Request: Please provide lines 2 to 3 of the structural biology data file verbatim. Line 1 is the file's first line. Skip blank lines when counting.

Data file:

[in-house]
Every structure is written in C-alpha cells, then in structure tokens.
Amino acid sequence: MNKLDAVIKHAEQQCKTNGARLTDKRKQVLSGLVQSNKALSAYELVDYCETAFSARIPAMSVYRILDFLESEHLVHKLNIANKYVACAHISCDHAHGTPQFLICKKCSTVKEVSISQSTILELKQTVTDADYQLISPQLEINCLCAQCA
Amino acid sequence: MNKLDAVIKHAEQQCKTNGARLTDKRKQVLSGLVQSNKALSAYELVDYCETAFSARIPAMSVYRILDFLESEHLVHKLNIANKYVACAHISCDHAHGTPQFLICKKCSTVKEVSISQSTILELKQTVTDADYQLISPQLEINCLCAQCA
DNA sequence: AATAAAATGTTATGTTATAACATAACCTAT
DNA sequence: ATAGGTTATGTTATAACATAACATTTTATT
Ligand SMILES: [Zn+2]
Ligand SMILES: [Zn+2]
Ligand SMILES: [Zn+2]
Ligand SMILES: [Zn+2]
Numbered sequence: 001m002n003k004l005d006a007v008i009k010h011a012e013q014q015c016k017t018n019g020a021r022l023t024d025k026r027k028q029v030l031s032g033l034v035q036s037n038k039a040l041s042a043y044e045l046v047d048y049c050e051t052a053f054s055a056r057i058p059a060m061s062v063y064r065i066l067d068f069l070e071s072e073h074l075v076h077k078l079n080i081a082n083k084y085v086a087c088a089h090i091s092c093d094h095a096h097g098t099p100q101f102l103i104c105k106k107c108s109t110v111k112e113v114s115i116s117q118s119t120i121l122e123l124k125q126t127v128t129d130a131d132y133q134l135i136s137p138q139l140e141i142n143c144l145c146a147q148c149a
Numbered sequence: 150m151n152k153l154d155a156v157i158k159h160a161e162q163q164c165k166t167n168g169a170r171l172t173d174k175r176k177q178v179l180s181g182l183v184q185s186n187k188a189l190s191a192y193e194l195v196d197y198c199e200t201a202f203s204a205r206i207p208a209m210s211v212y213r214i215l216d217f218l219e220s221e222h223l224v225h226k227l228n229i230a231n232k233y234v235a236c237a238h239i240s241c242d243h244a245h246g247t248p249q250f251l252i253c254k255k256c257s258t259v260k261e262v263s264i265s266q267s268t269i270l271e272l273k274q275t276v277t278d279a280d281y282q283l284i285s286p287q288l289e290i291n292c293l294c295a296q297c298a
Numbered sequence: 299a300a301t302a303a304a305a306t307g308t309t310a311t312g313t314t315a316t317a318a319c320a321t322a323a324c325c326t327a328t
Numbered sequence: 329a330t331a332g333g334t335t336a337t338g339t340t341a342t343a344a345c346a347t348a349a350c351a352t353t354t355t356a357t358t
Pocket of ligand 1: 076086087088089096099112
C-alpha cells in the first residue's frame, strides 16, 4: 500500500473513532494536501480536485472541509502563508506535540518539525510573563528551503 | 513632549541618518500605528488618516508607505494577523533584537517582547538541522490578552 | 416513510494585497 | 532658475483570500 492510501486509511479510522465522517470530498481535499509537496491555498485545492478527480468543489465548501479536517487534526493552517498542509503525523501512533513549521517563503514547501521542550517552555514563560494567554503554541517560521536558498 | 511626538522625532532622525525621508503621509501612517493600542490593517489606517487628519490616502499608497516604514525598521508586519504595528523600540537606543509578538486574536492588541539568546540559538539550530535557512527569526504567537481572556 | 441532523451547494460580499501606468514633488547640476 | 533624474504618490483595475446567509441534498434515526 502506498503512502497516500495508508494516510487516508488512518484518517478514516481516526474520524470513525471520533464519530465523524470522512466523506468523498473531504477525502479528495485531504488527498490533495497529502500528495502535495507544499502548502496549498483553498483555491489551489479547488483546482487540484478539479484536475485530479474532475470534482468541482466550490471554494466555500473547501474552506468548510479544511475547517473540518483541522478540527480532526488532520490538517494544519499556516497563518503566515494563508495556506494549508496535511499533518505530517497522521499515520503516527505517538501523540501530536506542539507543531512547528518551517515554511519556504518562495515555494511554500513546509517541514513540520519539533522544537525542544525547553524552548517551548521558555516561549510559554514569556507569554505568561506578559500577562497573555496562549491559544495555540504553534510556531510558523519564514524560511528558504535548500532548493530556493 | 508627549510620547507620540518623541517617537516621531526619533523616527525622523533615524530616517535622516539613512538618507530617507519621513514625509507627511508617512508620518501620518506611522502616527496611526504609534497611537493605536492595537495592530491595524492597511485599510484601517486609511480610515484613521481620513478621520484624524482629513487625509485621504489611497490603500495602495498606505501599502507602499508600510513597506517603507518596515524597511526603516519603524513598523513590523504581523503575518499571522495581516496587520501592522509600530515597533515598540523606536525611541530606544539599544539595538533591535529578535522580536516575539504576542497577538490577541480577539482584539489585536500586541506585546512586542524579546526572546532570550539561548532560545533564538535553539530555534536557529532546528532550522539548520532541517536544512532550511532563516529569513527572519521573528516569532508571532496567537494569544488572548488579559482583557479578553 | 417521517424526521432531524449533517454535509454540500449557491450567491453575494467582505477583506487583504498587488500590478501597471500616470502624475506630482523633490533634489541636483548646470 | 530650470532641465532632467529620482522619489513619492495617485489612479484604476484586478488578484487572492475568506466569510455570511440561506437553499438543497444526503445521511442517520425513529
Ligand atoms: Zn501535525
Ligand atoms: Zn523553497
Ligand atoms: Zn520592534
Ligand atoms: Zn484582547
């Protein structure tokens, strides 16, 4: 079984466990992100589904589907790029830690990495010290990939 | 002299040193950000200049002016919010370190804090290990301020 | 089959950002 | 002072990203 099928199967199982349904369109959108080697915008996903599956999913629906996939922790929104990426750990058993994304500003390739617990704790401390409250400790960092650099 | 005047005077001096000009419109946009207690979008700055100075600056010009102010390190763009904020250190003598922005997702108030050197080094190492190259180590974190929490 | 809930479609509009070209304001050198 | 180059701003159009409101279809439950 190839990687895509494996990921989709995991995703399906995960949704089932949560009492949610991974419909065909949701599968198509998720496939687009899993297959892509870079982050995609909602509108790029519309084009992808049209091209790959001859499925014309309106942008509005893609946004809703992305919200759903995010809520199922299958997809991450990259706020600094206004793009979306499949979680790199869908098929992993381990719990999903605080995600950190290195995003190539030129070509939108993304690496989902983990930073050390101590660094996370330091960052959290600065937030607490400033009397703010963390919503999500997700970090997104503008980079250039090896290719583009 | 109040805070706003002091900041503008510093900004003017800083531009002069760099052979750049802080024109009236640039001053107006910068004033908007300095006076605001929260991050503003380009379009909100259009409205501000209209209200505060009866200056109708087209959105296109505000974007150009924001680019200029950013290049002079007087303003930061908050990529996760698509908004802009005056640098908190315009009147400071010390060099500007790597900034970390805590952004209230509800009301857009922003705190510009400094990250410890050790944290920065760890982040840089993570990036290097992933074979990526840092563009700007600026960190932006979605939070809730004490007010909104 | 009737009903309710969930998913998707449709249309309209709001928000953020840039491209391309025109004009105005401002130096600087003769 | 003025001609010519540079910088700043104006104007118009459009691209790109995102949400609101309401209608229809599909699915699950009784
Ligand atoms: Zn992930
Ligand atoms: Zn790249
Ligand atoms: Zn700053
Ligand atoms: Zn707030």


Every structure is written in C-alpha cells, then in structure tokens.
Amino acid sequence: MNKLDAVIKHAEQQCKTNGARLTDKRKQVLSGLVQSNKALSAYELVDYCETAFSARIPAMSVYRILDFLESEHLVHKLNIANKYVACAHISCDHAHGTPQFLICKKCSTVKEVSISQSTILELKQTVTDADYQLISPQLEINCLCAQCA